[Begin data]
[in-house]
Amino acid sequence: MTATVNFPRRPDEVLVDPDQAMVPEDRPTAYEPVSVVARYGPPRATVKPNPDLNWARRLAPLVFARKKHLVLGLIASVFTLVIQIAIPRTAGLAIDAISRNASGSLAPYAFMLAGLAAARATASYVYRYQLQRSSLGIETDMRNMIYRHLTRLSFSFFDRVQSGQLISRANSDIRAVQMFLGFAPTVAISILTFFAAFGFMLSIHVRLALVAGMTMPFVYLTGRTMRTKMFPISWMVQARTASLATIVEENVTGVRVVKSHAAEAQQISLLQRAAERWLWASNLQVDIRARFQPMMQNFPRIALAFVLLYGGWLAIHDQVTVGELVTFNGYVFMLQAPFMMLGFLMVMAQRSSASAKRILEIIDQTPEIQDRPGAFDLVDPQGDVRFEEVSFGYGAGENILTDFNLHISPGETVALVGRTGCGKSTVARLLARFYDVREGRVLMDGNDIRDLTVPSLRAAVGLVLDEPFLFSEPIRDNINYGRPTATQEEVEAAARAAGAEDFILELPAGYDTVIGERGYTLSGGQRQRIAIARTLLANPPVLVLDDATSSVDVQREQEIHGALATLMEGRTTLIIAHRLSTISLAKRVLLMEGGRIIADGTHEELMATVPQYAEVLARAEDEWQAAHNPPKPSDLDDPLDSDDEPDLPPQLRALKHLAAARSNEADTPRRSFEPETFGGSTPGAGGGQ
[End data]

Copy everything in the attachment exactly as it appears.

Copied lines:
[in-house]
Amino acid sequence: MTATVNFPRRPDEVLVDPDQAMVPEDRPTAYEPVSVVARYGPPRATVKPNPDLNWARRLAPLVFARKKHLVLGLIASVFTLVIQIAIPRTAGLAIDAISRNASGSLAPYAFMLAGLAAARATASYVYRYQLQRSSLGIETDMRNMIYRHLTRLSFSFFDRVQSGQLISRANSDIRAVQMFLGFAPTVAISILTFFAAFGFMLSIHVRLALVAGMTMPFVYLTGRTMRTKMFPISWMVQARTASLATIVEENVTGVRVVKSHAAEAQQISLLQRAAERWLWASNLQVDIRARFQPMMQNFPRIALAFVLLYGGWLAIHDQVTVGELVTFNGYVFMLQAPFMMLGFLMVMAQRSSASAKRILEIIDQTPEIQDRPGAFDLVDPQGDVRFEEVSFGYGAGENILTDFNLHISPGETVALVGRTGCGKSTVARLLARFYDVREGRVLMDGNDIRDLTVPSLRAAVGLVLDEPFLFSEPIRDNINYGRPTATQEEVEAAARAAGAEDFILELPAGYDTVIGERGYTLSGGQRQRIAIARTLLANPPVLVLDDATSSVDVQREQEIHGALATLMEGRTTLIIAHRLSTISLAKRVLLMEGGRIIADGTHEELMATVPQYAEVLARAEDEWQAAHNPPKPSDLDDPLDSDDEPDLPPQLRALKHLAAARSNEADTPRRSFEPETFGGSTPGAGGGQ